Tag Archives: coolant

Why do I need a coolant flush?

This is what clean coolant looks like. Coolant is a 50-50 mixture of antifreeze and water.

Question: My owner’s manual shows that I’m due for a coolant flush at 90,000 miles. What does coolant do? And do I really need a coolant flush?  Answer: A coolant flush or cooling system flush is modern-day terminology for ridding your radiator of rust, dirt, sludge and old antifreeze or “radiator fluid.” The fluid is more accurately known as coolant, which is a 50-50 mix of antifreeze and water. And yes, flushing the cooling system is an important part of your car’s preventive maintenance schedule. Why? Because coolant keeps your engine from overheating—which keeps you from sitting by the side … Continue reading

Why does the price of a coolant flush vary among repair shops?

Engine coolant radiator flush

Question: My car repair shop recently recommended a coolant flush. Their estimate seemed high, so I called a couple of other shops to compare prices. Every shop had a different price–by a wide margin. Why would the cost vary so much for a basic fluid flush?  Answer: Although a cooling system flush – a.k.a. radiator flush – is a straightforward car maintenance service, the cost often varies for two main reasons: How thorough is the flush? If the auto repair shop is only draining the dirty coolant* from the radiator, it takes less time than a flush. But it also … Continue reading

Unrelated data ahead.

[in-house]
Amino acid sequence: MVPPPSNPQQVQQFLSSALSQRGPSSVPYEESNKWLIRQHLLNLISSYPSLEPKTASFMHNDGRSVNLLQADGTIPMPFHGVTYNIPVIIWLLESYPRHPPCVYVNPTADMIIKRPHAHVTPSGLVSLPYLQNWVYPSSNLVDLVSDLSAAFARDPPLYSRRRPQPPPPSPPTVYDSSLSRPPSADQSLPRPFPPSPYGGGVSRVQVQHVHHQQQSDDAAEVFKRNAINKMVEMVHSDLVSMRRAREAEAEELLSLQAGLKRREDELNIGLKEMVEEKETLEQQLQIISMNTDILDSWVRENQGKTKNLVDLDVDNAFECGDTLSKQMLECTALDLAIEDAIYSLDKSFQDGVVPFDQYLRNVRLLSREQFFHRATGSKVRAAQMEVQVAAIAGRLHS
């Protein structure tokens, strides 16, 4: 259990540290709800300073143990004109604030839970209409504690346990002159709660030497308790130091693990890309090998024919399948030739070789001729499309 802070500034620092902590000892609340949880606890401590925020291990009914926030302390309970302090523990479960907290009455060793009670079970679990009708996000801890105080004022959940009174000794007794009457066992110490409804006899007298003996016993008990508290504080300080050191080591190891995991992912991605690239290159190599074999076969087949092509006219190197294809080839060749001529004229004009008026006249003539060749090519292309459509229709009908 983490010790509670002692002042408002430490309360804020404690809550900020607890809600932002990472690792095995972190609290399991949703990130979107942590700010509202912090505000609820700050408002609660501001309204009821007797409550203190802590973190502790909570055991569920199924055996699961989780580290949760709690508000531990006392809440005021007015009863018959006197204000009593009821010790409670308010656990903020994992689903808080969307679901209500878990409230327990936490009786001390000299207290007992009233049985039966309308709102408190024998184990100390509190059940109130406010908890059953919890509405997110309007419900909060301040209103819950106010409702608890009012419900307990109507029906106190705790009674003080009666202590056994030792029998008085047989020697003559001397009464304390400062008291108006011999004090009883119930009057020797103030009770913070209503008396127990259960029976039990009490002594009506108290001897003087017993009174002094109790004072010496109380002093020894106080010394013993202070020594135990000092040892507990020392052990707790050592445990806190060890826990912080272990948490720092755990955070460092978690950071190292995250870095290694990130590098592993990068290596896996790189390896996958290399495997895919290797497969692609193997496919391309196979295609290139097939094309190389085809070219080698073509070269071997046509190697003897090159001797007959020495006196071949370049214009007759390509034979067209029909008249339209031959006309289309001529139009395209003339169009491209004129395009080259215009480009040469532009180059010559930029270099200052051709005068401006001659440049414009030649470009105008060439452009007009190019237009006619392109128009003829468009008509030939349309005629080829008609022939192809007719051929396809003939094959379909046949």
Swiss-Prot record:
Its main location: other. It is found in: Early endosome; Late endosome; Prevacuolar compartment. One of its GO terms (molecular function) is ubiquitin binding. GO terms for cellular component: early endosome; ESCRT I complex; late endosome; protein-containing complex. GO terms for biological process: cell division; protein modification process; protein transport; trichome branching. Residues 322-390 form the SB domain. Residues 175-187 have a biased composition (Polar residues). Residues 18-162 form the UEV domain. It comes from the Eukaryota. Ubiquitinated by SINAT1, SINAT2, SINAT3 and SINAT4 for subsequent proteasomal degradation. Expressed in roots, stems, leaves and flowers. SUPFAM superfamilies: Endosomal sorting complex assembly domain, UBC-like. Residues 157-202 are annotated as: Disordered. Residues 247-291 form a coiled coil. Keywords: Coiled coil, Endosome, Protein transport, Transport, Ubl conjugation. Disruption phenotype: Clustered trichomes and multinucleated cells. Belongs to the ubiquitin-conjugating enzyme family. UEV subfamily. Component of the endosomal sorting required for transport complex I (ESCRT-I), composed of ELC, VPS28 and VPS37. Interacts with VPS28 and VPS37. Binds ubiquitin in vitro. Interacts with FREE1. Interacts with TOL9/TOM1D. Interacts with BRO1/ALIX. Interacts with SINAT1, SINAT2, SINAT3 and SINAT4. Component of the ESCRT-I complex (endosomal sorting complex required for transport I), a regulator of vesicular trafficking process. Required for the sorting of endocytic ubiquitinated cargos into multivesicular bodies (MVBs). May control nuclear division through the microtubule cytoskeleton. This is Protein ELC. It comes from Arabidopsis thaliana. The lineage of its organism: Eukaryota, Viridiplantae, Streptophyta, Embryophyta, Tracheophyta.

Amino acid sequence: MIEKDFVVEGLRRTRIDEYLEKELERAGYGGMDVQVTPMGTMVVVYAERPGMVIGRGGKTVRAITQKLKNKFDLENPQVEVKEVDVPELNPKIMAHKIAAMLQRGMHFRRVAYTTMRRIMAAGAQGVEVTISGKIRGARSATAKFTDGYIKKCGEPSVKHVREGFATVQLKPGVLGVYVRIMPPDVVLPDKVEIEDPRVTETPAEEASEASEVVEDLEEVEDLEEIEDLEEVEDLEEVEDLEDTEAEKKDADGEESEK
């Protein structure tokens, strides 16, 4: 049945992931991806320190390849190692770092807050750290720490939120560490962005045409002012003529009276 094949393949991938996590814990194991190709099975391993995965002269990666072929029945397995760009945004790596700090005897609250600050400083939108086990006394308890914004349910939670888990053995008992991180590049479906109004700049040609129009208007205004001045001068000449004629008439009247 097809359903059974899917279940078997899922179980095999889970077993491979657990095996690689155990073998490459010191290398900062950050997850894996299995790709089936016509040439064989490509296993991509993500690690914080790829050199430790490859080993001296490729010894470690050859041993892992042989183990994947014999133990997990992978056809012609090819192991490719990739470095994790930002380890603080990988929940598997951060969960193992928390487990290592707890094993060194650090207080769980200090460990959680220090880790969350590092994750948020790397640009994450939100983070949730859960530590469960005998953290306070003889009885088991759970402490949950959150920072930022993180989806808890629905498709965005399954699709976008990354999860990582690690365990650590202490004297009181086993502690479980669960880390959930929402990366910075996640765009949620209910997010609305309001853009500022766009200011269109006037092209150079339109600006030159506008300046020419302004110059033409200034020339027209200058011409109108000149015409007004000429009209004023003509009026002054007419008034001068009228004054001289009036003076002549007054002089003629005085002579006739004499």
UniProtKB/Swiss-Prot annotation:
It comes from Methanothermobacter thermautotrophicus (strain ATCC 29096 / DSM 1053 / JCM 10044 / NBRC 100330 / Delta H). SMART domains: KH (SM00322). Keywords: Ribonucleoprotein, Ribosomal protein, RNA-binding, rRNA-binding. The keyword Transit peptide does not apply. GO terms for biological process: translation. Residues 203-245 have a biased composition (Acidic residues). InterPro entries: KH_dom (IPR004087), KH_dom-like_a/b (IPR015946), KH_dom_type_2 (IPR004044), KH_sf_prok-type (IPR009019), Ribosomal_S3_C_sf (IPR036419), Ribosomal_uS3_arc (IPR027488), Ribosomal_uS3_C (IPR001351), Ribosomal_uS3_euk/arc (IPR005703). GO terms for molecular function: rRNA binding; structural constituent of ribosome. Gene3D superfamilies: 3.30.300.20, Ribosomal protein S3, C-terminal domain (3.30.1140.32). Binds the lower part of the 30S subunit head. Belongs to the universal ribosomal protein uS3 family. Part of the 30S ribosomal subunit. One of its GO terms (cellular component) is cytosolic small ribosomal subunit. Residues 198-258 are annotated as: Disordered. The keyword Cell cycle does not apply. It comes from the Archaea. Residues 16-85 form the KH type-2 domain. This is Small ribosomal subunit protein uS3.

Cooling system flush prevents overheating, engine damage

Question: My owner’s manual suggests getting cooling system flushes performed on my car, but it’s running fine. Do I really need this done? Answer: Your engine cooling system helps keep your engine from overheating, which is one of the most common causes of breakdowns and internal engine damage. A cooling system flush is basic maintenance that every car owner should be aware of. Every time you drive, your radiator uses coolant to help lower the temperatures in your vehicle’s engine. Coolant, which is a 50-50 mix of water and antifreeze, flows through your car’s radiator, water pump and engine cooling … Continue reading